Who Was Jesus?
Barry Artiste, Now Public Contributor
Everyone has a different viewpoint, Israels Temple Mount for example places Mohamhed, King David and Solomon, Abraham, and Jesus there in history. The Temple Mount a Holy Site sacred to Muslims, Jews and Christians alike. Strange these three major religions gravitate to the same place. Is our Bible so similar to the Koran, Torah, Bible that perhaps Jesus knew everyone in his time or vice versa. If this is true, then why all the Holy wars if all were disciples, followers,brothers in common with common beliefs? Are they all under one God? Are our religious beliefs so eerily similar in writings and teachings?
If so, then the middle east conflcts should cease, if not, then what is the mystery behind the Temple Mount, as a revered place for Aggada (Jews), Haram (Muslims), Jesus (prayed there and pissed off the moneychangers on this location) (Christian).
This is and has been a place of worship for all three major religions who hold this place sacred. But worship different dieties. One would think there would be something to this to resolve who is not just Jesus, but Mohamed and Moses. I believe they all worshipped a single God. If so, they what's the problem?
Misinterpretation of the Holy Books which were written and misinterpreted by Man, that is the Problem.
My Final Thought
Get the Pope, Head Imam, Head Rabbi all in a room with their respective Holy Books, all agree to interpret amongst each others holy books "verbatim" in what they read from the word of God, doscarding anything written by Kings, apostles or hearsay. No one else in allowed in the room, work out a compromise, take the religious writings at face value, and discard the gobblygook which is open to misinterpretation. Just write on the facts and teachings.
It is a given all three men know intimately each others Holy book in great detail. With the bottom line that Religious teachings by their Gods initially preached love, wisdom and benevolence. All the other war and burn in hell crap was written by ancient and modern bizzaro zealots who took lots of artistic licence in God's teachings.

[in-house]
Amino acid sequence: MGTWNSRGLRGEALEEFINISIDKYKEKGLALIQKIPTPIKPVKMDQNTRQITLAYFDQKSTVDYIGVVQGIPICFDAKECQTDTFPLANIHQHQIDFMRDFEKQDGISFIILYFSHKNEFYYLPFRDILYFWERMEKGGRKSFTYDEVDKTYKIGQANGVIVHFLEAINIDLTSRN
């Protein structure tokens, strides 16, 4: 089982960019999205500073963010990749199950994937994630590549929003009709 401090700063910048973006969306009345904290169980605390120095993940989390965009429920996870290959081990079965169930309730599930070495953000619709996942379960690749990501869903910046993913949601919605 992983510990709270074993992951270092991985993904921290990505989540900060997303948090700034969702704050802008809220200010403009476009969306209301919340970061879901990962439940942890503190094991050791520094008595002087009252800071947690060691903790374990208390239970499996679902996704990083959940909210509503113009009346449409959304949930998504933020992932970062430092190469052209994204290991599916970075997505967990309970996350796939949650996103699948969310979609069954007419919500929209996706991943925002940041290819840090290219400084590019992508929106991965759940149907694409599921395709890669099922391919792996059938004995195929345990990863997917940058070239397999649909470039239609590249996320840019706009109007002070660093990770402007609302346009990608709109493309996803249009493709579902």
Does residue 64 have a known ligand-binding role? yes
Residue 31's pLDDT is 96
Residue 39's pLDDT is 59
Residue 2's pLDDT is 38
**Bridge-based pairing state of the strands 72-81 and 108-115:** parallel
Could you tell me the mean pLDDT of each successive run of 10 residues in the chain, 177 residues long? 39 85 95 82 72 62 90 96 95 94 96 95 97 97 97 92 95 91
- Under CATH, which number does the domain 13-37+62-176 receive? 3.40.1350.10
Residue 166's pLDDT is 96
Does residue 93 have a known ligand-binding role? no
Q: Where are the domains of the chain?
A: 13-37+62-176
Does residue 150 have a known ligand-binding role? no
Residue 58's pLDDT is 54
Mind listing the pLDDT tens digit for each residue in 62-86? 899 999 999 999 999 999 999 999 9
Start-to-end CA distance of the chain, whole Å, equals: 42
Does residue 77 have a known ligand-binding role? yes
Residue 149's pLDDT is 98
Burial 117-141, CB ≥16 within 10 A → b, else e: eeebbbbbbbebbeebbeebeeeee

Then all three Holy men get their best scribes to draft new Holy books for all three religions in which all three Holy men agree to each other's teachings verbatim, no exceptions, with the caveat that the holy books should be updated to modern times and values, just as they were millenia ago.
Until they agree, these three religious wise men cannot leave the room ever.
Once agreed, the revised (To Modern Times) Holy Books are completed, they are handed out to those who want it. The front page should have a Disclaimer titled "Do not interpret this in "any way, shape or form" it clearly states what is expected of you. If you are too stupid to follow these simple rules, perhaps you should join another lesser religion, Scientology, Care Bears, Raelian Movement etc... Any contravention by misinterpretation of the rules in this book by anyone, punishment will be meted out by God on Judgement day, not by any mortal being. Get it, Got it, Good.
Maybe it is just me, but Buddism is starting to look better day after day.
Who Was Jesus?
Leaders representing four distinct religious traditions confront differences over the meaning of Jesus' life
Douglas Todd, Vancouver Sun
Published: Saturday, December 22, 2007